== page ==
It's now obvious that these chemicals are used in many industries, which leads to environmental contamination as a result of product manufacturing, use, and disposal. Drinking water near certain military sites and manufacturing facilities tends to be heavily contaminated. PFAS contamination is usually not part of the regular monitoring for water quality, at least it wasn’t in our area back when I inquired about it in 2018, but I was able to obtain values after emailing the local water department directly. I was told they were not on the water report because they are currently unregulated but being assessed as “contaminants of concern”. If levels are not listed on your water report, contact your local water department for information. If your water tested positive, or if you are near a potential source of PFAS contamination, look into a good reverse osmosis filter (tap, whole house, or countertop). Keep in mind that PFAS levels are measured in parts per trillion (ppt), not parts per billion (ppb), or parts per million (ppm) so make sure you convert accordingly. While a standard is currently not in place for safe levels, according to the EPA, drinking water should be < 70 ppt. According to the EWG, < 1 ppt. See links below.
- For cosmetics and other personal care products, stay away from the ones that mention “perfluoro - ”, “polyfluor - ” or “PTFE” on the label. You should be able to easily find comparable products without these compounds.
- Replace your non-stick pans with stainless steel or cast iron. They do require slightly different temperatures and cooking times, but you’ll come to love them! Plus, they pretty much last forever! Same for bakeware – consider glass or ceramic instead of Teflon coated.
- Choose non-coated fabrics over coated ones whenever possible, even if it means having to wash them more frequently. 100% cotton is our go-to for linens and pjs, especially for the kids. Small steps will make a difference over time, especially when it comes to products you use on a daily basis.
- Check your water!! If positive for PFAS contaminants, compare water filter options. You’ll have to read the Product Specifications sheet to see that it actually has “PFAS” listed as part of the contaminants it filters out. Not all do. Most refrigerator water filters don’t. My personal preference is a countertop reverse osmosis filter, but there are many options out there.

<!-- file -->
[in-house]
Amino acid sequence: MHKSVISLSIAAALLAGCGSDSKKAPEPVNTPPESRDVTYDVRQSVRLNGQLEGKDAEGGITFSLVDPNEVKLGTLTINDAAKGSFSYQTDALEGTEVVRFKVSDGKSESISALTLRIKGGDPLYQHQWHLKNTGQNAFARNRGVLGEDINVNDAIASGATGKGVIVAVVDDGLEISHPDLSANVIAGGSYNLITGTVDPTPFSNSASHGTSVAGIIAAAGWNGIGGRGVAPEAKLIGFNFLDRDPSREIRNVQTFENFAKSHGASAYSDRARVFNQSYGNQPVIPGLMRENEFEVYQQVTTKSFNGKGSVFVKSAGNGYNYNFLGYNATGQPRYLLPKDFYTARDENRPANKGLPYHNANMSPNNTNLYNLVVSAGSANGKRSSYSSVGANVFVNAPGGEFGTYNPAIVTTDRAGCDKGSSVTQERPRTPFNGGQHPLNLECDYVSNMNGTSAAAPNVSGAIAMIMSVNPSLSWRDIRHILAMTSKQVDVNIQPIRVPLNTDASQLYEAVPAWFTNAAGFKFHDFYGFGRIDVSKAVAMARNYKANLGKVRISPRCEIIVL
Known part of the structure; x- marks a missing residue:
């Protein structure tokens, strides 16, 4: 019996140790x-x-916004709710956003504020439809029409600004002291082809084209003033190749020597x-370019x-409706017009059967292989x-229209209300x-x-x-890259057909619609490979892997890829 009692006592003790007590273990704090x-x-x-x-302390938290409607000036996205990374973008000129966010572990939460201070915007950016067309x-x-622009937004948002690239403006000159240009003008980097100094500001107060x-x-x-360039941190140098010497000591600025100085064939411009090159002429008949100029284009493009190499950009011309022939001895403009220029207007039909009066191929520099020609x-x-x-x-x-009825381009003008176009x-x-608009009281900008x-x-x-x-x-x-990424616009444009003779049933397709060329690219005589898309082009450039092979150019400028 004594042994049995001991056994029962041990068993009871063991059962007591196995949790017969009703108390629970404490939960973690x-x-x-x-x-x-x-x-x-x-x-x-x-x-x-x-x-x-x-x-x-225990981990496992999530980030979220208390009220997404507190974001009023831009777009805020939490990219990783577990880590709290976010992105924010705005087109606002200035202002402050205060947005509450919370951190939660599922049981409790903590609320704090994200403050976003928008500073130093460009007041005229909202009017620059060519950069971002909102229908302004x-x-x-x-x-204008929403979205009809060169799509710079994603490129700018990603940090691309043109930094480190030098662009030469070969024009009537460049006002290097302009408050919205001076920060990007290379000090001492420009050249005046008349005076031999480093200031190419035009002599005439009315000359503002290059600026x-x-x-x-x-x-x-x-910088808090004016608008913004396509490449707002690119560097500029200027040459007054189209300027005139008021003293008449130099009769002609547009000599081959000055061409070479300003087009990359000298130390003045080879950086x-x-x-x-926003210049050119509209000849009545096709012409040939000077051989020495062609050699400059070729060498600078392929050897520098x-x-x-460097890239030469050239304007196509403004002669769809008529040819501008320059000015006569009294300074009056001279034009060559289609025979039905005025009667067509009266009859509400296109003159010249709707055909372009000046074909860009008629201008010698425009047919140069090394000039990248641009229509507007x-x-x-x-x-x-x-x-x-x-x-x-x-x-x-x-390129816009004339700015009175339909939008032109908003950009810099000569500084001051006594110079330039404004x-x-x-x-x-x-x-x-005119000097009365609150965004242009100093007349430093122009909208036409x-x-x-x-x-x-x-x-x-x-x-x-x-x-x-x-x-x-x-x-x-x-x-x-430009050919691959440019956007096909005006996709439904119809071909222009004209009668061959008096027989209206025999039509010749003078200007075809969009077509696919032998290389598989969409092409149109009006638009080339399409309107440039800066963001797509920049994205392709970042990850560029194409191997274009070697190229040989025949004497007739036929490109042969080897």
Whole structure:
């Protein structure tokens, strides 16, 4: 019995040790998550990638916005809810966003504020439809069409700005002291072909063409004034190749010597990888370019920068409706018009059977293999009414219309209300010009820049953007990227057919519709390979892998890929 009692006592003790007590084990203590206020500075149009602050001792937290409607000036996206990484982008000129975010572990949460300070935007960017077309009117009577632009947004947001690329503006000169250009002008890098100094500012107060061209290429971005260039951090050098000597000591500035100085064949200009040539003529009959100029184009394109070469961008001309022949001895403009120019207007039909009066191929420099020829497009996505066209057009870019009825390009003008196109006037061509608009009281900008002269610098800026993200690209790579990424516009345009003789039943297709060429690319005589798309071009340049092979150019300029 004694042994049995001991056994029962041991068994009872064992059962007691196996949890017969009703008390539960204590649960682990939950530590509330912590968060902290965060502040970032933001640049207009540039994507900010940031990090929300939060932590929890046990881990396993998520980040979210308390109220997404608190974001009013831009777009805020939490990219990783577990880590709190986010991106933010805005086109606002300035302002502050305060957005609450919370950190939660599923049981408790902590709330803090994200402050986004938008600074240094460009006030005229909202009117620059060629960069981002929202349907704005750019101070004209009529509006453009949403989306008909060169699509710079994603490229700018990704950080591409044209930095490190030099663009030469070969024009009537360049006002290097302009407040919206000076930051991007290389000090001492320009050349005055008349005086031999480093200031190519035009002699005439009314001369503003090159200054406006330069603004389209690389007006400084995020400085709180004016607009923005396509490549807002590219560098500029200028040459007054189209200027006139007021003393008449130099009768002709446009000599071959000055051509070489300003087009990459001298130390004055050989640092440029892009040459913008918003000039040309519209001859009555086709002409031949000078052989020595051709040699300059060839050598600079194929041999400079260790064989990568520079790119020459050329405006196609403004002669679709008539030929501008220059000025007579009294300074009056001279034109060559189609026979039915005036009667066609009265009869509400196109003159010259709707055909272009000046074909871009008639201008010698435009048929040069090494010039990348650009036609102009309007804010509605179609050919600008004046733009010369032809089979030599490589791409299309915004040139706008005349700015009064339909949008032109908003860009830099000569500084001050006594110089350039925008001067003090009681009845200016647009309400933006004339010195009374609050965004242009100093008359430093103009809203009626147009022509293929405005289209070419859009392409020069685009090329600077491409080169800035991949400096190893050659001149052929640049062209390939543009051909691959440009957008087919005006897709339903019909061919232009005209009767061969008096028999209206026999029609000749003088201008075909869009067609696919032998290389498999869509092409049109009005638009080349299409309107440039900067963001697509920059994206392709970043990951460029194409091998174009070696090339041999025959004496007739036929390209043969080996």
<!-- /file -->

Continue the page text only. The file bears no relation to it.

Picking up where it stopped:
Here’s a quick list of common household products that contain PFAS:
- Contaminated water
- Non-stick cookware
- Grease resistant food wrappers or containers
- Stain resistant coatings on carpets, fabrics, and furniture
- Water repellant fabrics or clothing
- Microwave popcorn bags
- Personal care products
- Cleaning products
- Paints, varnishes, and sealants
Resource links to help guide water filter selection:
See you soon!
About the Author: Yazeth is the owner/founder of The Y & W Laboratory. Her background is in clinical microbiology and teaches allied health and wellness courses at a local college. She has additional training in natural skin care, aromatherapy, and herbal studies. Connect on and .
Did you find our blog useful? Share with friends!
Disclaimer: Blog posts are meant for general informational purposes only and some will reflect author opinion. It is your responsibility to independently determine whether to use any of the information or content on this blog and assume any risk of injury that may result. Please consult with your physician prior to incorporating any recommendations.